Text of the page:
updated 16 Jan 2012, 00:13
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Tue, Jan 10, 2012
The New Paper
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Fame, or infamy, an upload away


She can thank that Valentine's Day stunt of hers for her fame.

Otherwise, Chinese model-actress Gan Lulu may well have remained just another of the many struggling "pretty faces-big boobs" wannabes.

A graduate of the Central Academy of Drama in Beijing in 2008, Gan has mostly played minor roles in films and TV dramas.

It's not surprising that the Internet has become a useful tool of the trade, said veteran analysts from China.

IT consultant Geng Hao, who provides services to movie and advertising production houses, said: "With nearly 400 million people online now, the IT-savvy know that it's the sure-win method of communication.

"You want to reach out to the masses? Just use domestic social media sites such as Sina's Weibo or video-sharing sites sites like QQ, Youku and Tudou."

The site owners of Daily Lenglui, a website that profiles "lesser-known models or women with an interesting story", agreed that sex or scandal are generally effective marketing tools.

One of the site owners, who wanted to be known only as Richard, said: "A straight man who claims that he's not fascinated with breasts is likely telling a lie."

More than 74 per cent of viewers at Daily Lenglui are men. The site gets an average of 6,000 hits daily.

Richard offered another reason: "Nudity and sex sell, but most media like TV can't show them. The Internet is a completely different beast. It's vast, mostly unregulated and can be searched and content distributed easily."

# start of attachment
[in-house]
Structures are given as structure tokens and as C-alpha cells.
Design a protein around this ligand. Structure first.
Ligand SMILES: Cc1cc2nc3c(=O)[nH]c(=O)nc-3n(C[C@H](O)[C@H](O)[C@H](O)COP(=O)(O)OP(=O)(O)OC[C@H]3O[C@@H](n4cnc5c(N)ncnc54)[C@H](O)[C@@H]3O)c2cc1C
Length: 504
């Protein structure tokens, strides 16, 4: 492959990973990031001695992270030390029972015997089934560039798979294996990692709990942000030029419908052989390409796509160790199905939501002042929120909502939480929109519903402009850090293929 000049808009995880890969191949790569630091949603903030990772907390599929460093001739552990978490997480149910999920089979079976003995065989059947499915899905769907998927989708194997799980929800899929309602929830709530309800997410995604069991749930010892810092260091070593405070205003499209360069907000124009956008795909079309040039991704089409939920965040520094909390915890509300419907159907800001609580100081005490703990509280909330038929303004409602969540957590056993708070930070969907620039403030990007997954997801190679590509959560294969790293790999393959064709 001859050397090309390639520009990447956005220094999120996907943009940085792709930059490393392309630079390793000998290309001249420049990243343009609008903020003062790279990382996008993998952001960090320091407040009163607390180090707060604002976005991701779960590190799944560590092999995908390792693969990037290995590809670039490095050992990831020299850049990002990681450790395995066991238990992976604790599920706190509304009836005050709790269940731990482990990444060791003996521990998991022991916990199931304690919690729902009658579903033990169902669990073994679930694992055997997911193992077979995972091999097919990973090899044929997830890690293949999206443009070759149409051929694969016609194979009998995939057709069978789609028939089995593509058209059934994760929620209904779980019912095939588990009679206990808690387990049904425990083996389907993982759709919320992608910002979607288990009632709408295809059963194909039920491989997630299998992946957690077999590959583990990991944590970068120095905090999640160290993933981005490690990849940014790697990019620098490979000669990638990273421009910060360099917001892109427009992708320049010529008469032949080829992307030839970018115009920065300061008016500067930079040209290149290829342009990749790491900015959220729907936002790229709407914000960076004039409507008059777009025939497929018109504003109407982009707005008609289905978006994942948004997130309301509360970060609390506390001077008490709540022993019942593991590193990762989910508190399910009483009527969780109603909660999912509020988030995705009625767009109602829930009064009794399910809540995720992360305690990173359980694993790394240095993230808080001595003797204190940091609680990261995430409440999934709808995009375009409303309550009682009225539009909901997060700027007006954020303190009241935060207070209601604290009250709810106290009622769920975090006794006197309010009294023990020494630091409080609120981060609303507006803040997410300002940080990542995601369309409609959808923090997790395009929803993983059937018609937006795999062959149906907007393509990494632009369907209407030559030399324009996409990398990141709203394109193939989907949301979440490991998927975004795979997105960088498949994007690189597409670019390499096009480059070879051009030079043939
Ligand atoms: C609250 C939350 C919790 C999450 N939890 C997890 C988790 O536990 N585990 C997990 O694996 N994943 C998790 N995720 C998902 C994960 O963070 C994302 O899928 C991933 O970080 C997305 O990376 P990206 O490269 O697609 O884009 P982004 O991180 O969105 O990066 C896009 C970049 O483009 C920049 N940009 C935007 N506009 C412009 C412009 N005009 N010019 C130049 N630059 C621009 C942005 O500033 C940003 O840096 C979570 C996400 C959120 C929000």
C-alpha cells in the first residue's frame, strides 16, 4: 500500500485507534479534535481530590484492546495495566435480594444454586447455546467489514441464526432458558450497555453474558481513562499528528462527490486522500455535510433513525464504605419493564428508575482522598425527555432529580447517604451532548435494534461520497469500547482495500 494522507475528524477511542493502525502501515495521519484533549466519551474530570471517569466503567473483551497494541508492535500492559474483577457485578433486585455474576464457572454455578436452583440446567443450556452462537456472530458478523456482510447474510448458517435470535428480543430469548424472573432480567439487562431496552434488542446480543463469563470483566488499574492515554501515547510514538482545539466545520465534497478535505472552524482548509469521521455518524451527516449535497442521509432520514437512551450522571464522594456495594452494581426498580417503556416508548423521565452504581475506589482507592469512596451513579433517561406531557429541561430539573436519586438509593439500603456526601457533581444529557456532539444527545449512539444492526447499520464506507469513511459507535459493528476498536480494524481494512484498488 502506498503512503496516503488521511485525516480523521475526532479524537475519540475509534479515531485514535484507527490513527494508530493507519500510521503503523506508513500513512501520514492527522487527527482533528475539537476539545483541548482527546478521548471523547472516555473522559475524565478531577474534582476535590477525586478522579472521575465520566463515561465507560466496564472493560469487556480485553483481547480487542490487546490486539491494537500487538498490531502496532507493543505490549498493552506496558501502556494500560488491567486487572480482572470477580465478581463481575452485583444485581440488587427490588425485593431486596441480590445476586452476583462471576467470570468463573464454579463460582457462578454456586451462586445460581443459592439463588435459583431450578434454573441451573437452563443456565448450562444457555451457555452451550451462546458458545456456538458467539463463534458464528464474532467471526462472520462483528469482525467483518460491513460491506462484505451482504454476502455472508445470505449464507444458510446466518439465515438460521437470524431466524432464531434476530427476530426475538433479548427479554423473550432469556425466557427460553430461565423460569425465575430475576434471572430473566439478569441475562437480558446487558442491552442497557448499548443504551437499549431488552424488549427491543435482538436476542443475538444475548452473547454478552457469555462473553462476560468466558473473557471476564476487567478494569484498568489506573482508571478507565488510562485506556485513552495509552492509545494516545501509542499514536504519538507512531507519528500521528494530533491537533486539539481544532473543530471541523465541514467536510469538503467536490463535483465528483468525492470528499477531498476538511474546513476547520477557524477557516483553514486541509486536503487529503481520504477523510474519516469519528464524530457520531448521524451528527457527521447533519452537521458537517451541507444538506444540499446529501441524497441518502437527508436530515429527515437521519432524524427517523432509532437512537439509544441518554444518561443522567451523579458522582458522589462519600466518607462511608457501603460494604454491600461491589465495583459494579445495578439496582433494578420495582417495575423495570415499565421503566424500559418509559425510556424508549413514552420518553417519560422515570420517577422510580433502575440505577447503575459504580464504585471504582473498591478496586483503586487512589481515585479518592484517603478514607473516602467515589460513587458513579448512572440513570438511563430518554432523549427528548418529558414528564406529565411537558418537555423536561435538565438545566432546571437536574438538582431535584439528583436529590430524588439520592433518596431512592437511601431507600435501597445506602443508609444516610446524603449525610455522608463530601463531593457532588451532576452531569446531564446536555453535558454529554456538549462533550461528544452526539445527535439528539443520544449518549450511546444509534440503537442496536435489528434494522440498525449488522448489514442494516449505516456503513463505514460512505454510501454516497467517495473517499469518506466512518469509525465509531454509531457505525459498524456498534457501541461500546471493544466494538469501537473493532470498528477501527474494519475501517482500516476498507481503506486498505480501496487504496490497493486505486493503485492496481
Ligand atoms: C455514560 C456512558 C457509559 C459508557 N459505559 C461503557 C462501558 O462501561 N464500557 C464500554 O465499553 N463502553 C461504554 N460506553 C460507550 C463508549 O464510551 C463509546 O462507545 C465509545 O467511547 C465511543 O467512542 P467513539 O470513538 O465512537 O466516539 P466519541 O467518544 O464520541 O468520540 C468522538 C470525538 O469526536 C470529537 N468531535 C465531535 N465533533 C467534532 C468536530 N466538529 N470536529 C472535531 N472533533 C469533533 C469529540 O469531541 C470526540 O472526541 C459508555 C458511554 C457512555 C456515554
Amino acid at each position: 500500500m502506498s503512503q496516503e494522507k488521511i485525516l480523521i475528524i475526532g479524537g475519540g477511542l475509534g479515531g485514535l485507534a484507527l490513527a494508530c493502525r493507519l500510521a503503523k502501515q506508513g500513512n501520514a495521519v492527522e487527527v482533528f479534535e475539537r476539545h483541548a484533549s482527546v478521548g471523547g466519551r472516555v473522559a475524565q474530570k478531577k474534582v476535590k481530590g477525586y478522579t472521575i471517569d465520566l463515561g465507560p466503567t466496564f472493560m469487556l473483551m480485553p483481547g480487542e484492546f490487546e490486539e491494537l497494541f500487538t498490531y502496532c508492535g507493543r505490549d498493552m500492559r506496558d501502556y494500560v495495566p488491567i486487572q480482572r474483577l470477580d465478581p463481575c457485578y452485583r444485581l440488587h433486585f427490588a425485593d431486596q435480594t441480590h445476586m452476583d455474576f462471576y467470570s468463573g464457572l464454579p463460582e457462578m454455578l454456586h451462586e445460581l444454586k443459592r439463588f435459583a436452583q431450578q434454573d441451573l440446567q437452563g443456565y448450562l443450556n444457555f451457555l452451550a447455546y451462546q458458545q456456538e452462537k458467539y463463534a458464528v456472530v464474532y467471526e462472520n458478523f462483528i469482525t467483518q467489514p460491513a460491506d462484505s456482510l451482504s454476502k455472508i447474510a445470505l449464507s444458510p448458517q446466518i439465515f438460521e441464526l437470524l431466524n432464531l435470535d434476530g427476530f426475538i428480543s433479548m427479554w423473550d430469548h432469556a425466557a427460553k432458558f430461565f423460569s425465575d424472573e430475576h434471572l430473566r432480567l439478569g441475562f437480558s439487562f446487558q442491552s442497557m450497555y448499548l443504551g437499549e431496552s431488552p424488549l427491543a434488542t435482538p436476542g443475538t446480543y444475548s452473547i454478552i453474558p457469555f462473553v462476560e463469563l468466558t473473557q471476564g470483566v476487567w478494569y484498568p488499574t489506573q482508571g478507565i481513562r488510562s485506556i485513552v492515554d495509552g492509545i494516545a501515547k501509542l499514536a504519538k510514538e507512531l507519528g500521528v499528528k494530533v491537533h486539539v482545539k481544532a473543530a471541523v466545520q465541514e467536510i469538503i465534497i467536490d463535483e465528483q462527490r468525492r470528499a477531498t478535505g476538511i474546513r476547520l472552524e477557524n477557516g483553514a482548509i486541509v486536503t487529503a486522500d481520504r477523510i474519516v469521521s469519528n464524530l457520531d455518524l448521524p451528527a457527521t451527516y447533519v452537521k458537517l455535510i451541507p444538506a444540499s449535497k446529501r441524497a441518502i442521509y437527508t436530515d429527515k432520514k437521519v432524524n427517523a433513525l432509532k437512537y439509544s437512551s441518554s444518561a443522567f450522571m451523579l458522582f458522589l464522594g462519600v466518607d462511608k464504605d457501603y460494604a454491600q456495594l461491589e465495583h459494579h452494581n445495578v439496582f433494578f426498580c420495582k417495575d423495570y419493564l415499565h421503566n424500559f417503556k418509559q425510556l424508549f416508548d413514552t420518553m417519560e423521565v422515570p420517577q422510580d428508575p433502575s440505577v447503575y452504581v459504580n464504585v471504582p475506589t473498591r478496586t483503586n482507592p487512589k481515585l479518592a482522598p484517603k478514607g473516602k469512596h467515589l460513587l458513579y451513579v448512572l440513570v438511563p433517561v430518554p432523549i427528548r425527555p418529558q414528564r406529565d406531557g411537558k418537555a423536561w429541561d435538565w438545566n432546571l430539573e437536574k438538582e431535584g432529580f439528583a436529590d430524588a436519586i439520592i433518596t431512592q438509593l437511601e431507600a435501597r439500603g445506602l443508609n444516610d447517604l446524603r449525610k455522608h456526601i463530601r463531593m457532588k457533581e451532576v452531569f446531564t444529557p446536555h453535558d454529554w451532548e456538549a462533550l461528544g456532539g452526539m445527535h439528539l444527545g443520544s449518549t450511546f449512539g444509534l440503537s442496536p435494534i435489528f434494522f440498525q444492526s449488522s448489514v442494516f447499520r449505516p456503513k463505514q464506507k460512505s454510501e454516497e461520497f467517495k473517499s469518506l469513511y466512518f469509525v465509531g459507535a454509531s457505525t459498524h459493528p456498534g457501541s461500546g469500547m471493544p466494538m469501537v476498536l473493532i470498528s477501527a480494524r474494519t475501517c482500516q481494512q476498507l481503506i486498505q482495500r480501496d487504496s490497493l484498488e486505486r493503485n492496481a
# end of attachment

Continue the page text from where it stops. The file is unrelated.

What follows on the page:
A veteran print and broadcast observer, Mr Paul Tsui, pointed out the effectiveness of social media platforms.

Mr Tsui said: "All you need is to have one scandalous photo circulated or a salacious clip go viral, and fame - or infamy - will come knocking on your door."

A sociology professor at Beijing University, Ms Xia Xueluan, noted that the "stars" in the centre of the controversies often don't mind the backlash, and advertisers and producers "recognise the value of getting such stars".

That's because for every critical man, there can easily be five curious supporters, said Professor Fu Tan Ming, a social behavioural analyst based in Beijing.

And being all sugar and nice is not likely to generate enough buzz.

Mr Tsui explained: "Shock. Titillate. Such stunts will definitely get the chatter going because while people love to hate the bad, they can't help being interested in devouring more (details). The many 'success stories' prove that extreme publicity methods work."

This article was first published in The New Paper.

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